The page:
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TRIBECA REVIEW | Non-Fiction Innovation: Clio Barnard's "The Arbor"

Photo of Eric Kohn By Eric Kohn | Indiewire April 26, 2010 at 1:36AM

Documentaries often toy with the conventions of non-fiction storytelling to the detriment of their content, but Clio Barnard's innovative "The Arbor" provides a welcome exception to the norm. Tracking the experiences of British playwright Andrea Dunbar and her children, Barnard uses actors to lip-sync the words of their real life counterparts, creating an unexpectedly engaging narrative device.
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Documentaries often toy with the conventions of non-fiction storytelling to the detriment of their content, but Clio Barnard's innovative "The Arbor" provides a welcome exception to the norm. Tracking the experiences of British playwright Andrea Dunbar and her children, Barnard uses actors to lip-sync the words of their real life counterparts, creating an unexpectedly engaging narrative device.

Dunbar, whose fleeting existence ended in 1990 at the age of 29, lived in the gritty Manchester neighborhood that provides both the movie and her first play with their titles. She spent her days surrounded by misery: Drugs, drunkenness and teen pregnancy defined her world, as evidenced by her dreary oeuvre. Rather than merely relying on the memories of the late Dunbar's acquaintances or trying to recreate the period, Barnard succeeds at doing both.

Nevertheless, it takes time for the approach to settle in. The early scenes of "The Arbor" serve as an adjustment period to its unique construction. A title card explains the trick of the movie's production, drawing attention to the way the actors seem to blurt out their recollections as if literally vomiting up the past.

The disorienting effect of the lip-syncing becomes exacerbated as Barnard surrealistically positions her subjects within their own descriptions of the past in a visually immersive opening sequence: Dunbar's two daughters from separate relationships, Lisa and Lorraine, remember setting fire to their bedroom as children while their alcoholic mother remained passed out in another room. In a powerful moment of advanced scenic arrangement, the two women -- portrayed by grown actresses Manjinder Verk and Christine Bottomley -- gravely stare into the camera, monotonously discussing the incident as flames ignite on the bed behind them. The resulting eeriness combines identification with the characters and a Brechtian removal from them, establishing the mystery of the director's intent.

Over time, however, Barnard's motive comes into sharp focus. Combining the authenticity of the interviews with various constructed elements, "The Arbor" inhabits reality while simultaneously mimicking it, much like Dunbar's actual plays. Barnard tracks Dunbar's brief playwriting career, troubled relationships and eventual death in a pub, situating it all within the grungy backdrop of the housing project that fueled her demise. The sins of the mother are visited upon her children, particularly the part-Pakistani Lorraine, whose addictive tendencies lead her through abusive relationships and jail time. Barnard also includes reenactments of scenes from Dunbar's highly autobiographical "The Arbor" (which she wrote at age 15), staging scenes in the neighborhood streets as an immersive mirror effect that comments on the drama while the interviewees explain it.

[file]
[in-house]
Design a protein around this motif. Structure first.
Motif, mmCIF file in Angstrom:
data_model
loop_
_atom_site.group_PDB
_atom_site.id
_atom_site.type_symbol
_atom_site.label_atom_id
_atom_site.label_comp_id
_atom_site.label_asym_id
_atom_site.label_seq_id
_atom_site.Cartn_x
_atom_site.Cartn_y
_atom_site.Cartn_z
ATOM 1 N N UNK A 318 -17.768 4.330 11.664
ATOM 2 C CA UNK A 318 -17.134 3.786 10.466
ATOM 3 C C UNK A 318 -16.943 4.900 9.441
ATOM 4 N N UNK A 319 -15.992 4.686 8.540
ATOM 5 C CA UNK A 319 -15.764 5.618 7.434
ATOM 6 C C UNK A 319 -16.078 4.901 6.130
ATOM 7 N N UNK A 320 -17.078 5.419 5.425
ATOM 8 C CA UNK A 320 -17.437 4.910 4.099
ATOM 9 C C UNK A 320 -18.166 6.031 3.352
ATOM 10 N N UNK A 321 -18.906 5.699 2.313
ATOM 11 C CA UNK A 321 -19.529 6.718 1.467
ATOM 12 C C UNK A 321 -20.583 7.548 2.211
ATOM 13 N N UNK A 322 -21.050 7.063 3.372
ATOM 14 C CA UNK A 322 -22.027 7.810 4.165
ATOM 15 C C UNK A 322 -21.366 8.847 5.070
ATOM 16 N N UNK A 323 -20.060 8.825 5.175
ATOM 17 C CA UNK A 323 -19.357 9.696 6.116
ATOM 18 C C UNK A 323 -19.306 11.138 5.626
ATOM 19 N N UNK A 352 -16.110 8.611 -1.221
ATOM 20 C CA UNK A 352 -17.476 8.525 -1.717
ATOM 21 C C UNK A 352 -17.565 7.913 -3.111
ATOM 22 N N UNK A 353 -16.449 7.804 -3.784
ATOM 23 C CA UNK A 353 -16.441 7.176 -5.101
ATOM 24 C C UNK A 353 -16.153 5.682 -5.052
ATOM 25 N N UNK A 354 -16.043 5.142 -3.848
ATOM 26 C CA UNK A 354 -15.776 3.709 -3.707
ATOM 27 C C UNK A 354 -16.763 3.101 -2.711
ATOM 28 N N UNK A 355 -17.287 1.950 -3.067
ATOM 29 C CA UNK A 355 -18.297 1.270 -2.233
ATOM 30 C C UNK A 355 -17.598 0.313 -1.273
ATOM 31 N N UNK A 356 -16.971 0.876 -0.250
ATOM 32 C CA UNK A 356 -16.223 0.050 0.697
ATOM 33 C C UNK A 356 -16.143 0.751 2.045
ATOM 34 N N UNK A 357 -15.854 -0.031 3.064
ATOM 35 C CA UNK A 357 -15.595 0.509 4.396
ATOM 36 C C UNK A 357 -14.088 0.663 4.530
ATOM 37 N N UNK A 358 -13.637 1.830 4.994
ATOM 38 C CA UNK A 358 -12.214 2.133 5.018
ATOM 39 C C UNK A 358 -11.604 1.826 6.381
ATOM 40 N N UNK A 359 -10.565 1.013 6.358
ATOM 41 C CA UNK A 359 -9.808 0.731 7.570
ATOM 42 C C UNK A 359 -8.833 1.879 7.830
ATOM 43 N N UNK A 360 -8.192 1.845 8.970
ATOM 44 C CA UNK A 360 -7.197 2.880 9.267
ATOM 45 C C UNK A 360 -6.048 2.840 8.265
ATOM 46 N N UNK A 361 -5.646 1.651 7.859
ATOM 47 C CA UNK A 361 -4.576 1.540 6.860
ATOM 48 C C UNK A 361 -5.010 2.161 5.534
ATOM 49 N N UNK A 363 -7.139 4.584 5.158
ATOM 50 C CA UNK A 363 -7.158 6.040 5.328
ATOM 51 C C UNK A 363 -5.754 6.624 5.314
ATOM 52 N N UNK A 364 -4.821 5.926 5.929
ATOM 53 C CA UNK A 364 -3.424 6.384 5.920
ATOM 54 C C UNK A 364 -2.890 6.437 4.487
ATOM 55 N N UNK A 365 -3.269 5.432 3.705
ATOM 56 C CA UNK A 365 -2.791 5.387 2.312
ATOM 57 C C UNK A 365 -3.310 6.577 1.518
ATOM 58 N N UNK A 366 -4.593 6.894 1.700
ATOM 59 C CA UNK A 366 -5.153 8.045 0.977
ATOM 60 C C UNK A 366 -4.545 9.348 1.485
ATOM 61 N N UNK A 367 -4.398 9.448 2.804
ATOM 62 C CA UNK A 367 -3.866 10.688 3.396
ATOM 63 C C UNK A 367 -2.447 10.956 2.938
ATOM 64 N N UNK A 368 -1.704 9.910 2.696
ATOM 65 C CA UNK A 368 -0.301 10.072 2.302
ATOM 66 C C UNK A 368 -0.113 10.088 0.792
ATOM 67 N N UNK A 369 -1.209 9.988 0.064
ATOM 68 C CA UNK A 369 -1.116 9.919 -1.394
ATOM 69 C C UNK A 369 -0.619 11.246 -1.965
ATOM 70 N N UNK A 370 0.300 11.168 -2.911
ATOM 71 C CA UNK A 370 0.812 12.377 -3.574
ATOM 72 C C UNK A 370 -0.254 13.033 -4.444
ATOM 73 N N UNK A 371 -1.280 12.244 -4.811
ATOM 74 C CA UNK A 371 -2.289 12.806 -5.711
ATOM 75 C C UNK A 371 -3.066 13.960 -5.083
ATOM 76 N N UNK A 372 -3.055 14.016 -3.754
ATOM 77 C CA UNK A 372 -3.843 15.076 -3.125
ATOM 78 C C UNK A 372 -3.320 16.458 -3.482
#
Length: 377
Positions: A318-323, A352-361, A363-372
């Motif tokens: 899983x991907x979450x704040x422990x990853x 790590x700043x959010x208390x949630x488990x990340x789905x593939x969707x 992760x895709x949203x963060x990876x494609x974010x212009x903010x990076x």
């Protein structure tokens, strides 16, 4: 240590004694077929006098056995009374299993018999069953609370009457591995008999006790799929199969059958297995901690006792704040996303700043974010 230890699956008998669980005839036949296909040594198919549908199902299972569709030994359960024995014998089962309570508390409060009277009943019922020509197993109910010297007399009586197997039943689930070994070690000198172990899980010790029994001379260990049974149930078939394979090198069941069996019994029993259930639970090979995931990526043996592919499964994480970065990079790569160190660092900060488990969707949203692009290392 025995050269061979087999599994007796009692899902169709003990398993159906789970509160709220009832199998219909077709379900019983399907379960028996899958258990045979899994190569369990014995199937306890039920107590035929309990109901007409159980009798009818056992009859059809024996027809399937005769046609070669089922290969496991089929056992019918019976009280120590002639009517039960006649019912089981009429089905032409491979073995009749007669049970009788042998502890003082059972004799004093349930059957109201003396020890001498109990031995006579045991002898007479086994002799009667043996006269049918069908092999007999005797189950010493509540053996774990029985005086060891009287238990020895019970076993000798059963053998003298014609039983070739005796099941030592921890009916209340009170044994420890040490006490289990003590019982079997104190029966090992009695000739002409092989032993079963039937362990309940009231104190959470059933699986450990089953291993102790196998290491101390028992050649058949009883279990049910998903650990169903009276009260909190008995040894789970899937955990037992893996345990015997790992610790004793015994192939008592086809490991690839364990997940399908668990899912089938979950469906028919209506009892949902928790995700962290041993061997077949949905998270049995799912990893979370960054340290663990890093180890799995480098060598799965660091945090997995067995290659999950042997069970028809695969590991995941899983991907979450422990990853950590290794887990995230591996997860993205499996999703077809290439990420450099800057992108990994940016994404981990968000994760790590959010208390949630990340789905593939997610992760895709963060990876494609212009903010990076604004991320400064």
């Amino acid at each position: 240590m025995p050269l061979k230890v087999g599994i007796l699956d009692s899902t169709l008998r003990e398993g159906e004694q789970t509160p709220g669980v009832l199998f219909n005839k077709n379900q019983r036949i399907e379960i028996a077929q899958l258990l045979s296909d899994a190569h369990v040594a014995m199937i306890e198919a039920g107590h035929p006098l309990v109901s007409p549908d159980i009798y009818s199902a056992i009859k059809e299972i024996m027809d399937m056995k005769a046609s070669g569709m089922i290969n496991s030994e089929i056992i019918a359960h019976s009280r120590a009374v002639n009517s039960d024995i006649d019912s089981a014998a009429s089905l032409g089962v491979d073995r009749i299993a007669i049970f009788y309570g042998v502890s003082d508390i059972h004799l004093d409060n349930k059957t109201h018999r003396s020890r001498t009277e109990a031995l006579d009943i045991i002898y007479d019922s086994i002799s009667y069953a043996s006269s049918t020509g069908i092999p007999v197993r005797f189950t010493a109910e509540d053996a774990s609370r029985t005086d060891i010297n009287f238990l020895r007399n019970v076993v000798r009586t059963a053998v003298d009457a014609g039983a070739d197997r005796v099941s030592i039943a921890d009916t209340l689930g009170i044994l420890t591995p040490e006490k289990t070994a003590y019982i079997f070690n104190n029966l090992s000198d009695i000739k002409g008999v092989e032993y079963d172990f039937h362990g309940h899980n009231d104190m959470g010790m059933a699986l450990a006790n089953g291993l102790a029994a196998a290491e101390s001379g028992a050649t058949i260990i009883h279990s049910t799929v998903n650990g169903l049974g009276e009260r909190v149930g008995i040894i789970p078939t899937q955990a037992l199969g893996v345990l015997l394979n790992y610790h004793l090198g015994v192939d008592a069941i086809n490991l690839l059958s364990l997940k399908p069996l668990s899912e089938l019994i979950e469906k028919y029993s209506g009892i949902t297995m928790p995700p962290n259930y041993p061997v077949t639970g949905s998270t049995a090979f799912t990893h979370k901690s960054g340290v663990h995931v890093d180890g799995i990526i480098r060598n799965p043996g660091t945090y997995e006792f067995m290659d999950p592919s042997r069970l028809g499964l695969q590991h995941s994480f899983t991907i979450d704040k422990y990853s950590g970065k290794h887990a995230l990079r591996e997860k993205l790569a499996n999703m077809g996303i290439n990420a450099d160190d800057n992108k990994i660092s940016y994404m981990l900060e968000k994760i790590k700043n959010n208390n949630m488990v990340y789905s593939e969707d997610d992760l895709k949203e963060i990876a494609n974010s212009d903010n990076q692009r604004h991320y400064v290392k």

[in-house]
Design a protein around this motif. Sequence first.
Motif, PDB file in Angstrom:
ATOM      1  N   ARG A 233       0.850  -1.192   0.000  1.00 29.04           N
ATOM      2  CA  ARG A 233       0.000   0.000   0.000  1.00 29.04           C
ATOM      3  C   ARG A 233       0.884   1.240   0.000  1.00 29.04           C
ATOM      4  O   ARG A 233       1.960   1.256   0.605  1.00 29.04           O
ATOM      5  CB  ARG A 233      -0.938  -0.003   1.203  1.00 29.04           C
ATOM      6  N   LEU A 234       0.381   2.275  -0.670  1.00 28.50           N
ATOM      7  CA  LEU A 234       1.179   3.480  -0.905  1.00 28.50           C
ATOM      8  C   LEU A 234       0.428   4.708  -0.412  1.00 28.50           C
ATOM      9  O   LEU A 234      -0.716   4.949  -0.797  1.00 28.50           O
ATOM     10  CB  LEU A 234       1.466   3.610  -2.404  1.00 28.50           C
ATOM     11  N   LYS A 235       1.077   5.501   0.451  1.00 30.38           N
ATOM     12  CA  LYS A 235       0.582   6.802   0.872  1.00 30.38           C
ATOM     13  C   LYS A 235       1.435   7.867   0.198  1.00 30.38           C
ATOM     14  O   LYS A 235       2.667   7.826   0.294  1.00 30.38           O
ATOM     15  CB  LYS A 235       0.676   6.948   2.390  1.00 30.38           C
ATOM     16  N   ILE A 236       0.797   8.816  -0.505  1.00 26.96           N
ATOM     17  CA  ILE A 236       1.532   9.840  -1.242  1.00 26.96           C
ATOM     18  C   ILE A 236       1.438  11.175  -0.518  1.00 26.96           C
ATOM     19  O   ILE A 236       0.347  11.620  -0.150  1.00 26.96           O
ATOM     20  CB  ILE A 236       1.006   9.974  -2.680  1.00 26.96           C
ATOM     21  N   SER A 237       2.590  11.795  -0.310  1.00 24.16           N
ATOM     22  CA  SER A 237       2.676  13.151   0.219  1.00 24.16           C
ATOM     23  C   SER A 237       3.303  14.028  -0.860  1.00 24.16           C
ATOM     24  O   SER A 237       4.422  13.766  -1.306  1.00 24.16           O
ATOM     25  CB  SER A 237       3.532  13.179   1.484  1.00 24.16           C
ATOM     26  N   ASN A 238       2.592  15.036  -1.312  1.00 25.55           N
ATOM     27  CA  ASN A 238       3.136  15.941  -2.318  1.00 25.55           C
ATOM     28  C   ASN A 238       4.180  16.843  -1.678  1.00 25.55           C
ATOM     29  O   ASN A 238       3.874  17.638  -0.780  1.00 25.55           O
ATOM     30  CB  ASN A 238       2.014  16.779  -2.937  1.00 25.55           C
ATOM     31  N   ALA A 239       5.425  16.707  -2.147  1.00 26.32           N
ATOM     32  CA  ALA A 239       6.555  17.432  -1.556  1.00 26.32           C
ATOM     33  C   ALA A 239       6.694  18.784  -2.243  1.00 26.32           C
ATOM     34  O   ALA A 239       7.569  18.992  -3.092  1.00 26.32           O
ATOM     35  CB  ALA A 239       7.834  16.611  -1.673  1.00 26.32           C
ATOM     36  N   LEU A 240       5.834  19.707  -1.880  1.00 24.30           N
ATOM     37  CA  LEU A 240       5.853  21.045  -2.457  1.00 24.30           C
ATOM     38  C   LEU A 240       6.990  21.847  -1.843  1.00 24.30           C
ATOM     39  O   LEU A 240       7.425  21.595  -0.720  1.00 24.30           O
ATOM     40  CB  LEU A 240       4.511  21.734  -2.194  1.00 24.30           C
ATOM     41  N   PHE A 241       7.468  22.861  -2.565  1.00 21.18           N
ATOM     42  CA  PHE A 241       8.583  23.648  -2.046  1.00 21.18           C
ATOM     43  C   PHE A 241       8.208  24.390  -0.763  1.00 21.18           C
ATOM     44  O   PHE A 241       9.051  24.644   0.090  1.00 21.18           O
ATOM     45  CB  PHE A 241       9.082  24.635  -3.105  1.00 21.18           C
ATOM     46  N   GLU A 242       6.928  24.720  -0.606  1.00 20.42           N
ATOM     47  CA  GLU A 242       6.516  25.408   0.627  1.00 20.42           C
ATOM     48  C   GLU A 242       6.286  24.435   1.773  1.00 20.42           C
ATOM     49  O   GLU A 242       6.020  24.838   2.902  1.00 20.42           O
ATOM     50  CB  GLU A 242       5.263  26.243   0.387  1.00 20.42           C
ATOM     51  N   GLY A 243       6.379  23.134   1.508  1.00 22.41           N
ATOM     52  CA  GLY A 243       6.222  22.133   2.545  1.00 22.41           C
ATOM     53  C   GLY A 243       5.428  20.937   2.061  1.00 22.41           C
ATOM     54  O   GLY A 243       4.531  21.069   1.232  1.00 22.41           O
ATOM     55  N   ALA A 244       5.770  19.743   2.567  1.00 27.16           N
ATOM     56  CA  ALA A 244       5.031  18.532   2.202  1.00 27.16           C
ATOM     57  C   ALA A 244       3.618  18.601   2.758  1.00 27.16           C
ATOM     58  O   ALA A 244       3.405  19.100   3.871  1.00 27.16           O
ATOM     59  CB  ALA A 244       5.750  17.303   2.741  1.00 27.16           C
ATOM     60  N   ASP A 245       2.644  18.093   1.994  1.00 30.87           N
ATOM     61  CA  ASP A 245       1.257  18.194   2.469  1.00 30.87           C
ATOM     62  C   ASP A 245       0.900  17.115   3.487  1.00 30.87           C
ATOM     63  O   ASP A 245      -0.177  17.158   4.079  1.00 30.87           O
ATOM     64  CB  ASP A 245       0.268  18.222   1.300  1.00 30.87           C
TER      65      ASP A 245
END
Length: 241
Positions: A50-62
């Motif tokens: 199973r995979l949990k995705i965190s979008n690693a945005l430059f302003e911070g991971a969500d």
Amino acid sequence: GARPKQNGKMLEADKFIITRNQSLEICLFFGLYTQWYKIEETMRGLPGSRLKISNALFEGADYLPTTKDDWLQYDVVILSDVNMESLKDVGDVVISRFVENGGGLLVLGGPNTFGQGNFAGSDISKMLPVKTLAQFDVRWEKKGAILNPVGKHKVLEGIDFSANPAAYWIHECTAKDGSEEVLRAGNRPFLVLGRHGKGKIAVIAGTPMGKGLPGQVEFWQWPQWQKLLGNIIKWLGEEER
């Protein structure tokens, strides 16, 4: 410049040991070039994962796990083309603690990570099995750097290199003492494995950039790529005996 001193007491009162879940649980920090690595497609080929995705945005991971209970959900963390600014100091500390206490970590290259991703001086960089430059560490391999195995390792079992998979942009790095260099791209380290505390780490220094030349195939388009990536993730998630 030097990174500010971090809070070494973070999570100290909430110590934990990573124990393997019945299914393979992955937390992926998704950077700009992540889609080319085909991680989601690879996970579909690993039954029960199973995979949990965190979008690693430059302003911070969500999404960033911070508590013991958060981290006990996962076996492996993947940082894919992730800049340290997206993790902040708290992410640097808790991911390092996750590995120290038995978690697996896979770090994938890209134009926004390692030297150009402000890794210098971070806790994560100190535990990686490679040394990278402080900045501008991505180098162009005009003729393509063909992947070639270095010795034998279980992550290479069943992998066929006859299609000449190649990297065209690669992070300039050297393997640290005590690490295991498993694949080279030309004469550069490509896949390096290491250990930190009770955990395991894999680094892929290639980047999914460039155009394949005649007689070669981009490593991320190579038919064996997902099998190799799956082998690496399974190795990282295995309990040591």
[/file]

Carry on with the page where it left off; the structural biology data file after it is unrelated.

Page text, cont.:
While Dunbar's best known play is 1982's "Rita, Sue and Bob Too!," which Alan Clarke adapted for the big screen in 1986, "The Arbor" offers the greatest analysis of her own fragile upbringing. Handwritten in green ink, as a Royal Court Theatre director recalls, the play follows a pregnant teenager unwilling to get an abortion and coping with her father's bouts of drunken rage. In Barnard's "The Arbor," these scenes develop a powerful edge as Dunbar's relatives and neighbors confirm their veracity.

The cumulative impact of "The Arbor" is one of claustrophobia; at times, the endlessly downbeat adventures of Dunbar and her offspring grow almost unbearably morose. There's no escape because nobody has the capacity for it. "I don't think you ever remember the good stuff," Lisa sighs. Her despair speaks to the impact of trauma on collective memory, turning "The Arbor" into a document of grief.

In recent years, filmmakers have attempted many experimental routes to surpassing the basic expectations of the non-fiction form. "Chicago 10" and "Waltz with Bashir" used animation to enliven their interviewees' words, but Barnard's format harkens back to the reconstruction methodology of Errol Morris's "The Thin Blue Line." In fact, both function as analyses of crime scenes. Morris dealt with a literal murder, while Barnard seeks the assailant responsible for a handful of wasted lives, placing the blame on the neighborhood in question.

Even Dunbar's emotionally withered children refuse to blame their single parent. "I won't ever use my mom as an excuse," Lisa says. Tracking the adolescent suffering of both Andrea and Lorraine, Barnard focuses on their shared socio-economic status, taking cues from the observant playwright's body of work. Driven by an overarching desire to represent Dunbar's life, "The Arbor" is consequently haunted by it.

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